Today, I’m reviewing the Tanchjim Zero earphones. The Zero features a 10mm composite diaphragm dynamic driver. It’s priced at $14.99.
Disclaimer: This sample was provided by Shenzhen Audio for an honest review. All observations and opinions here are my own based on my experience with the product.
- Sensitivity: 118dB/Nrms @1Khz
- Impedance: 32Ω土10% @1Khz
- Frequency response range: 7-50kHz
- THD: < 0.5% @1Khz 94dB SPL
- Driver: 10mm composite diaphragm dynamic driver
What’s In the Box
- Tanchjim Zero IEMs
- 6x pairs of silicone eartips
- Fabric carrying pouch
Zero adopts a similar design to its bigger sibling the Tanchjim OLA. The clear acrylic shells are short and cylindrical. The right aluminium faceplate sports the Tanchjim logo while the left side has Zero text etched into it.
You can see the 10mm composite diaphragm dynamic driver through the clear shells. The nozzles are angled and have a proper lip to hold your eartips on securely. As usual, there’s a protective mesh on the nozzle opening to keep out ear wax and dirt.
The shells are really small and sit right in your ears. They’re lightweight and for the most part, comfortable. However, just like the OLA, the edge of the faceplates is sharp and it sometimes digs into my ears causing some discomfort. Some rounded edges would greatly improve the comfort (at least in my case).
The cable is non-detachable so you’re stuck with it whether you like it or not. To be fair, the silver-plated OFC cable is pretty good. It has a rubber Y-splitter and plug and comes with a chin slider. Small acrylic shells like this are usually quite susceptible to cable noise but it’s only minimal here.
The Zero has a neutral sound signature with a lifted upper midrange and lower treble. It doesn’t sound flat though, despite how it looks on the graph. True, it’s not the most dynamic sound but it has great resolution for a $15 IEM.
You’ll need to give these some power to hear their full potential. Most smartphones won’t have the drive to make these come alive. At the very least, you should plug them into a dongle DAC.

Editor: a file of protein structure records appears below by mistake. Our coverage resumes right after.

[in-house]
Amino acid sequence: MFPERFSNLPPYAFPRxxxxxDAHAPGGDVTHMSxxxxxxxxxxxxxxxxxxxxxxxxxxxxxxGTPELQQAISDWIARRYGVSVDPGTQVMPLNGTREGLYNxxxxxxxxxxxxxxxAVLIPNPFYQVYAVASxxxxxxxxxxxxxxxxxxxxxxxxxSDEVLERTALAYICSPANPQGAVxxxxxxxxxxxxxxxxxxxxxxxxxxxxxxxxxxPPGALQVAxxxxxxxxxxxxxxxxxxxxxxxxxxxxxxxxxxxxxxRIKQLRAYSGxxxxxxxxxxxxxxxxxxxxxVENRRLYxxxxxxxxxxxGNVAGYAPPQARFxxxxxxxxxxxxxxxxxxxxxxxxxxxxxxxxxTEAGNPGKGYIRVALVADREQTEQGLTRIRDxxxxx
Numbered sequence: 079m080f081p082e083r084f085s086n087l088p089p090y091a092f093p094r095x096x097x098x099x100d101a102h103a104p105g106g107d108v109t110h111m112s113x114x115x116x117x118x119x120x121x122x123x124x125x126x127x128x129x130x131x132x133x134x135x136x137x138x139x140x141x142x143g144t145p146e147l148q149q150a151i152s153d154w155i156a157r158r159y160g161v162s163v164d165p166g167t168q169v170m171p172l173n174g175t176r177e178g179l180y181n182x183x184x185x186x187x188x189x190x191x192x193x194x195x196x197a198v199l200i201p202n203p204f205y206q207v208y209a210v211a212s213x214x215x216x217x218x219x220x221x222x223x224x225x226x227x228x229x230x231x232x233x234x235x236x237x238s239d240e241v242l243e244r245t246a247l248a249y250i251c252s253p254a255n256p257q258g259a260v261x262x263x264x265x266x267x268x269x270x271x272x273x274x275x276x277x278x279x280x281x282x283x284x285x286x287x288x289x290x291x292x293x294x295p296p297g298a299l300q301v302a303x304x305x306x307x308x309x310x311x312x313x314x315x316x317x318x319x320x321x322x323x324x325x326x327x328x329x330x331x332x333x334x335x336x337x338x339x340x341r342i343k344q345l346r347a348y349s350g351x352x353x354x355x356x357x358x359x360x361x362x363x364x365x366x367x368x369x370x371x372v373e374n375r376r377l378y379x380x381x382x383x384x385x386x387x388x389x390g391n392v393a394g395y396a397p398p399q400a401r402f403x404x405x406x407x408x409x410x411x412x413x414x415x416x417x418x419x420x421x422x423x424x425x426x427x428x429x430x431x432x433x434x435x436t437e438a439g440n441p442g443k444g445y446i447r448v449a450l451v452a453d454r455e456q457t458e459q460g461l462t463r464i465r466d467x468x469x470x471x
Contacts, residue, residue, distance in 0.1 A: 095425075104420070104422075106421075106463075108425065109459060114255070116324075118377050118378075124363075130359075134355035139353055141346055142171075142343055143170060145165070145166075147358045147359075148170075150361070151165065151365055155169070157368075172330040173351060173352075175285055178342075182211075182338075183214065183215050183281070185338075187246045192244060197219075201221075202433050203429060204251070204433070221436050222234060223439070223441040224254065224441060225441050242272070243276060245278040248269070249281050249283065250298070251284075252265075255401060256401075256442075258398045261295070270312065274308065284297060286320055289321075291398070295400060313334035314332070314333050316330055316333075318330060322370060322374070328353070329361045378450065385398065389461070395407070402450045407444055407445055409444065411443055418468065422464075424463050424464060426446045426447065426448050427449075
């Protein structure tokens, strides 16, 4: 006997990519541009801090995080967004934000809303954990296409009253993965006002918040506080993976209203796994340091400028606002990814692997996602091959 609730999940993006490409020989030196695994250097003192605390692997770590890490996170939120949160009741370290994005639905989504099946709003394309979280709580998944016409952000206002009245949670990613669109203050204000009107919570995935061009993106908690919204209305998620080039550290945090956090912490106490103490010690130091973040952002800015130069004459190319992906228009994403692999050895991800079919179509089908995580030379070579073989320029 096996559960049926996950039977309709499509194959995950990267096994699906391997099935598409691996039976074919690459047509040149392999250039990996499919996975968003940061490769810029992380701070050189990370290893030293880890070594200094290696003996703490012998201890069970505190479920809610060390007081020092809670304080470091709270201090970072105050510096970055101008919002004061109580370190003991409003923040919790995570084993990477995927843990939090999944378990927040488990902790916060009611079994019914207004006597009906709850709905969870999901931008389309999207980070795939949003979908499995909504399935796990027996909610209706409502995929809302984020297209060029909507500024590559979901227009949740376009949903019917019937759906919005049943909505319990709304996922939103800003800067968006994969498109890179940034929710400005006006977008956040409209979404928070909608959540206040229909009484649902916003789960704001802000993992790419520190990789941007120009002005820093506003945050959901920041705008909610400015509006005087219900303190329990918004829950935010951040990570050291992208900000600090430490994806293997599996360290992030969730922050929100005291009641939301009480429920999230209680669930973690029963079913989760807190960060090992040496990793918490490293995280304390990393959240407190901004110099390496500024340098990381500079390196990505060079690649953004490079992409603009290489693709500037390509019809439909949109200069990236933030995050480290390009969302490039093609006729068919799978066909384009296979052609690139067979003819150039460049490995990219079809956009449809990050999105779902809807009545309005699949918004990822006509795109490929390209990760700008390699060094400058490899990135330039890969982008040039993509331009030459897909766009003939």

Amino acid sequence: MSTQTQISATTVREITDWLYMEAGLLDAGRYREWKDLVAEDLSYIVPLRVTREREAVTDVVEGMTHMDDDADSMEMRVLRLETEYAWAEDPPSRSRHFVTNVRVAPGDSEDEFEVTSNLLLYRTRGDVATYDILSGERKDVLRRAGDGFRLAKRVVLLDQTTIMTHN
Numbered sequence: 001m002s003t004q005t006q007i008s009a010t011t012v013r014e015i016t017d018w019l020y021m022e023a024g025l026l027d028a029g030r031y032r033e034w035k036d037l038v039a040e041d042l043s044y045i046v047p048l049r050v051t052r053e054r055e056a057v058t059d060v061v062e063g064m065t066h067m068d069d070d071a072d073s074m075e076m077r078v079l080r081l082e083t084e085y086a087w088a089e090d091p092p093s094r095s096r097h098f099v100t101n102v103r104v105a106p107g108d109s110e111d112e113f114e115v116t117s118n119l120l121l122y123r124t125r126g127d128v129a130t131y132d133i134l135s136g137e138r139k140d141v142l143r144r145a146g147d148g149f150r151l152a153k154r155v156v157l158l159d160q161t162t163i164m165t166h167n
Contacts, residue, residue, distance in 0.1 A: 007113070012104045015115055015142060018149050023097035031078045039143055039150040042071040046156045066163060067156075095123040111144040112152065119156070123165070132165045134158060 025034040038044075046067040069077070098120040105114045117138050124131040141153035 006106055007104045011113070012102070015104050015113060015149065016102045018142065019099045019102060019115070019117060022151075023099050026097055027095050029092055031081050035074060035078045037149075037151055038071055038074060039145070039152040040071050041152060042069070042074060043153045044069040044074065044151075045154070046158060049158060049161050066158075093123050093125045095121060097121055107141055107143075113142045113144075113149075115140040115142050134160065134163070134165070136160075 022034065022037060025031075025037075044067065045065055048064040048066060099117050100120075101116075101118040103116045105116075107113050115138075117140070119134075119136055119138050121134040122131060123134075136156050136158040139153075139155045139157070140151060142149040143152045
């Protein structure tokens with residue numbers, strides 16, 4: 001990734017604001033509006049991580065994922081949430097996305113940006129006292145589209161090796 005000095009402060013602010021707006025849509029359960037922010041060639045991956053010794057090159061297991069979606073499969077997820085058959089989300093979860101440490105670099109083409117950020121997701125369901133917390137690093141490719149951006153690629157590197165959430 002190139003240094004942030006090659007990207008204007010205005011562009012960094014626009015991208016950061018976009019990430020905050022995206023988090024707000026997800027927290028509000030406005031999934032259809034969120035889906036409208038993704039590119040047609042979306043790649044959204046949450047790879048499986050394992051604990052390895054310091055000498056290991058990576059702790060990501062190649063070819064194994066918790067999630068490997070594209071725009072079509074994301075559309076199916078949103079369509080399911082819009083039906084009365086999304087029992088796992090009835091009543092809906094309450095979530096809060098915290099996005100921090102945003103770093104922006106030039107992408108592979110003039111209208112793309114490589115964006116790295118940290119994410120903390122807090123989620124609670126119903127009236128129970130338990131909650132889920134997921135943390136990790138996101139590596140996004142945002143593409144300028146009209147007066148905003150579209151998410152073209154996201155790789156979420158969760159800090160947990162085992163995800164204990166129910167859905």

With its warm undertone and laid-back upper treble, Zero sounds pretty smooth and chill. I’d recommend not paying too much attention to the graph. It looks as though there’s next to zero (no pun intended) bass but in fact, there’s plenty of bass presence.
Bassheads need not apply for sure but most people should be satisfied with the quantity in the lows. However, finding the right eartips and getting a proper fit is essential to put the meat on Zero’s bones.
Regardless of the flat bass region shown in the graph, the Zero has a pretty beefy bass response. It’s not the kind of bass that you feel in your chest by any means but it doesn’t sound thin or lacking.
The main issue I have with the bass is that it lacks texture and definition. Leading edges are softened and most bass notes sound pretty much the same. The sub-bass feels a bit lacking in authority too although it can produce a light rumble.
My first thought about the mids was that the overall resolution is good for such an affordable IEM. While the Zero doesn’t sound dark or veiled, it’s not exactly brimming with clarity either. This is due mainly to the relaxed upper treble tuning.
Vocals and instruments have a fairly neutral note weight and sound natural but they don’t exactly pop. But the upper midrange lift is done well and comes across evenly. There’s not really any shoutiness and the overall tone remains slightly warm.
The treble is fairly relaxed, especially in the upper regions. Crash cymbals sit at the back of the mix but have a reasonably natural fall-off. The treble timbre is decent (again remembering we’re talking about $15) but there’s no sparkle and not a whole lot of air.
Thankfully, there are ample details, thanks to the overall resolution and relative lightness of the bass. Zero delivers a smooth treble and one that’s free of sibilance. However, if you’re looking for radiant splendour in the highs, this probably isn’t the right IEM for you.
Soundstage and Technicalities
The soundstage is fairly intimate but organized thanks to good instrument separation and understated bass. Imaging is decent and the level of detail retrieval is sufficient.
The Tanchjim Zero is another ultra-budget IEM that aims to bring audiophile-ish tuning to the masses. For the most part, it succeeds in this venture and the end result is quite impressive considering the price. It might not wow you on the first listen but given sufficient driving power, it’s sure to grow on you over time.